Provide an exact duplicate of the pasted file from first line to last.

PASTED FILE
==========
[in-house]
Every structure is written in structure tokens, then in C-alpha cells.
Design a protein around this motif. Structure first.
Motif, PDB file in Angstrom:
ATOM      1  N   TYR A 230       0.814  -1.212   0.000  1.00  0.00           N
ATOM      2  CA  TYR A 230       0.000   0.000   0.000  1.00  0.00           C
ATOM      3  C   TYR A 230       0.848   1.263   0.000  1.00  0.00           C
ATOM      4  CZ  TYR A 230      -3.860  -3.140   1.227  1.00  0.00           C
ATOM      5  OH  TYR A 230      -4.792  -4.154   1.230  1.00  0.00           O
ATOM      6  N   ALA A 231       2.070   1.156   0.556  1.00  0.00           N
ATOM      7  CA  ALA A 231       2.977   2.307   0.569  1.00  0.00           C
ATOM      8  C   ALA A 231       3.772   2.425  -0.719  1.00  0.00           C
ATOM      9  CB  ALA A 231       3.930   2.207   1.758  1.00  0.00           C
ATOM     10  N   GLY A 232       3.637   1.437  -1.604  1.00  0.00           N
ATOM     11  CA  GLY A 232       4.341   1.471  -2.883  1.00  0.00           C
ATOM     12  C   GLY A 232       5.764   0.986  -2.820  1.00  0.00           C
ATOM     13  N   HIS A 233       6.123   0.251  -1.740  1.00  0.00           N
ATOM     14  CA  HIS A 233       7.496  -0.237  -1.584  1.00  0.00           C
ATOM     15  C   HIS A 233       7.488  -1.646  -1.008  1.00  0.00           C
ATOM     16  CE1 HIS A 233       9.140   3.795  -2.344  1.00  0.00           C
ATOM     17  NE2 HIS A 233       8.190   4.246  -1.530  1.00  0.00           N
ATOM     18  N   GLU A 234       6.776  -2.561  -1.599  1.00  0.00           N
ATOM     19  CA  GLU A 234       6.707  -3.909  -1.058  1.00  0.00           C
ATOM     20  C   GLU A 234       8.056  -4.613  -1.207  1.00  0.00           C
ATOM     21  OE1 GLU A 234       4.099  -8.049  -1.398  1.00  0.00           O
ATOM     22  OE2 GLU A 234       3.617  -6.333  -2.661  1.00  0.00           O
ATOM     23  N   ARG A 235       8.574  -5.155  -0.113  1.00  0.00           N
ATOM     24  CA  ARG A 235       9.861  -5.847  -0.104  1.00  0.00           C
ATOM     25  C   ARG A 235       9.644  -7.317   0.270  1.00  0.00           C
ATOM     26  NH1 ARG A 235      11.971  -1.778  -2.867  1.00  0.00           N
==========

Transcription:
[in-house]
Every structure is written in structure tokens, then in C-alpha cells.
Design a protein around this motif. Structure first.
Motif, PDB file in Angstrom:
ATOM      1  N   TYR A 230       0.814  -1.212   0.000  1.00  0.00           N
ATOM      2  CA  TYR A 230       0.000   0.000   0.000  1.00  0.00           C
ATOM      3  C   TYR A 230       0.848   1.263   0.000  1.00  0.00           C
ATOM      4  CZ  TYR A 230      -3.860  -3.140   1.227  1.00  0.00           C
ATOM      5  OH  TYR A 230      -4.792  -4.154   1.230  1.00  0.00           O
ATOM      6  N   ALA A 231       2.070   1.156   0.556  1.00  0.00           N
ATOM      7  CA  ALA A 231       2.977   2.307   0.569  1.00  0.00           C
ATOM      8  C   ALA A 231       3.772   2.425  -0.719  1.00  0.00           C
ATOM      9  CB  ALA A 231       3.930   2.207   1.758  1.00  0.00           C
ATOM     10  N   GLY A 232       3.637   1.437  -1.604  1.00  0.00           N
ATOM     11  CA  GLY A 232       4.341   1.471  -2.883  1.00  0.00           C
ATOM     12  C   GLY A 232       5.764   0.986  -2.820  1.00  0.00           C
ATOM     13  N   HIS A 233       6.123   0.251  -1.740  1.00  0.00           N
ATOM     14  CA  HIS A 233       7.496  -0.237  -1.584  1.00  0.00           C
ATOM     15  C   HIS A 233       7.488  -1.646  -1.008  1.00  0.00           C
ATOM     16  CE1 HIS A 233       9.140   3.795  -2.344  1.00  0.00           C
ATOM     17  NE2 HIS A 233       8.190   4.246  -1.530  1.00  0.00           N
ATOM     18  N   GLU A 234       6.776  -2.561  -1.599  1.00  0.00           N
ATOM     19  CA  GLU A 234       6.707  -3.909  -1.058  1.00  0.00           C
ATOM     20  C   GLU A 234       8.056  -4.613  -1.207  1.00  0.00           C
ATOM     21  OE1 GLU A 234       4.099  -8.049  -1.398  1.00  0.00           O
ATOM     22  OE2 GLU A 234       3.617  -6.333  -2.661  1.00  0.00           O
ATOM     23  N   ARG A 235       8.574  -5.155  -0.113  1.00  0.00           N
ATOM     24  CA  ARG A 235       9.861  -5.847  -0.104  1.00  0.00           C
ATOM     25  C   ARG A 235       9.644  -7.317   0.270  1.00  0.00           C
ATOM     26  NH1 ARG A 235      11.971  -1.778  -2.867  1.00  0.00           N